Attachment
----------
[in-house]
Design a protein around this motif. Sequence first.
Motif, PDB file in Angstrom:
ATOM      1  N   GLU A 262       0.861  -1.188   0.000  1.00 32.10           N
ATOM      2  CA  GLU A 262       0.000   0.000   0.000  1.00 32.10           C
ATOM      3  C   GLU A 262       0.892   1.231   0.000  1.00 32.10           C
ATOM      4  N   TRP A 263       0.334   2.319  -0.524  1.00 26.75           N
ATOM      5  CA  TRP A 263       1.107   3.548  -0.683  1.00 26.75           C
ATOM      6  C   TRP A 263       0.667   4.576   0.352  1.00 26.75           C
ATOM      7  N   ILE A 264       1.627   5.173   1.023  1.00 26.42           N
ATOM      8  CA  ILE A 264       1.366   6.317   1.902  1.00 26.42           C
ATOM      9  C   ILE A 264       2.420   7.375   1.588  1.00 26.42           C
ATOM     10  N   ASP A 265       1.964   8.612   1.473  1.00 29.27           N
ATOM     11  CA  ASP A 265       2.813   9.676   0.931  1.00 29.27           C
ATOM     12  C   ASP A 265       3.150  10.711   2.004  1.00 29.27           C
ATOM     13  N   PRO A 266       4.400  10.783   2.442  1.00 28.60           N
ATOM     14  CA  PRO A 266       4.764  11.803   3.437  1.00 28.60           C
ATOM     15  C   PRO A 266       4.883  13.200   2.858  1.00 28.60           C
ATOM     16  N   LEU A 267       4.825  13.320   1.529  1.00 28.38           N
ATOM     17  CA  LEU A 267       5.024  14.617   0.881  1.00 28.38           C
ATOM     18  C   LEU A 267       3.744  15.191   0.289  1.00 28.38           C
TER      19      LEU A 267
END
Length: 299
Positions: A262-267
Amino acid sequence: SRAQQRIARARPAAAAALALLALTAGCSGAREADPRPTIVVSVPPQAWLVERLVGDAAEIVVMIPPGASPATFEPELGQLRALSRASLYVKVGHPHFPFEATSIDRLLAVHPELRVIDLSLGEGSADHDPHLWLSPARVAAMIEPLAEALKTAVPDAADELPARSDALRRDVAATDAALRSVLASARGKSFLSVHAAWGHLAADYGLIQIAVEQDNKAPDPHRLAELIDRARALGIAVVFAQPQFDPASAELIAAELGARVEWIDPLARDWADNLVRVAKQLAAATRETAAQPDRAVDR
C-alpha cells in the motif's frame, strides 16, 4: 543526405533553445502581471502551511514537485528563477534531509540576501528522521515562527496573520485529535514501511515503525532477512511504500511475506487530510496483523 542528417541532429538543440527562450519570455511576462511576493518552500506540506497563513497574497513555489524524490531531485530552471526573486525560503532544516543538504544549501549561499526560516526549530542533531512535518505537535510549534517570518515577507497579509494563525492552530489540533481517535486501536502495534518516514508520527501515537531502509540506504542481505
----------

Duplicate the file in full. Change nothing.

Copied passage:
[in-house]
Design a protein around this motif. Sequence first.
Motif, PDB file in Angstrom:
ATOM      1  N   GLU A 262       0.861  -1.188   0.000  1.00 32.10           N
ATOM      2  CA  GLU A 262       0.000   0.000   0.000  1.00 32.10           C
ATOM      3  C   GLU A 262       0.892   1.231   0.000  1.00 32.10           C
ATOM      4  N   TRP A 263       0.334   2.319  -0.524  1.00 26.75           N
ATOM      5  CA  TRP A 263       1.107   3.548  -0.683  1.00 26.75           C
ATOM      6  C   TRP A 263       0.667   4.576   0.352  1.00 26.75           C
ATOM      7  N   ILE A 264       1.627   5.173   1.023  1.00 26.42           N
ATOM      8  CA  ILE A 264       1.366   6.317   1.902  1.00 26.42           C
ATOM      9  C   ILE A 264       2.420   7.375   1.588  1.00 26.42           C
ATOM     10  N   ASP A 265       1.964   8.612   1.473  1.00 29.27           N
ATOM     11  CA  ASP A 265       2.813   9.676   0.931  1.00 29.27           C
ATOM     12  C   ASP A 265       3.150  10.711   2.004  1.00 29.27           C
ATOM     13  N   PRO A 266       4.400  10.783   2.442  1.00 28.60           N
ATOM     14  CA  PRO A 266       4.764  11.803   3.437  1.00 28.60           C
ATOM     15  C   PRO A 266       4.883  13.200   2.858  1.00 28.60           C
ATOM     16  N   LEU A 267       4.825  13.320   1.529  1.00 28.38           N
ATOM     17  CA  LEU A 267       5.024  14.617   0.881  1.00 28.38           C
ATOM     18  C   LEU A 267       3.744  15.191   0.289  1.00 28.38           C
TER      19      LEU A 267
END
Length: 299
Positions: A262-267
Amino acid sequence: SRAQQRIARARPAAAAALALLALTAGCSGAREADPRPTIVVSVPPQAWLVERLVGDAAEIVVMIPPGASPATFEPELGQLRALSRASLYVKVGHPHFPFEATSIDRLLAVHPELRVIDLSLGEGSADHDPHLWLSPARVAAMIEPLAEALKTAVPDAADELPARSDALRRDVAATDAALRSVLASARGKSFLSVHAAWGHLAADYGLIQIAVEQDNKAPDPHRLAELIDRARALGIAVVFAQPQFDPASAELIAAELGARVEWIDPLARDWADNLVRVAKQLAAATRETAAQPDRAVDR
C-alpha cells in the motif's frame, strides 16, 4: 543526405533553445502581471502551511514537485528563477534531509540576501528522521515562527496573520485529535514501511515503525532477512511504500511475506487530510496483523 542528417541532429538543440527562450519570455511576462511576493518552500506540506497563513497574497513555489524524490531531485530552471526573486525560503532544516543538504544549501549561499526560516526549530542533531512535518505537535510549534517570518515577507497579509494563525492552530489540533481517535486501536502495534518516514508520527501515537531502509540506504542481505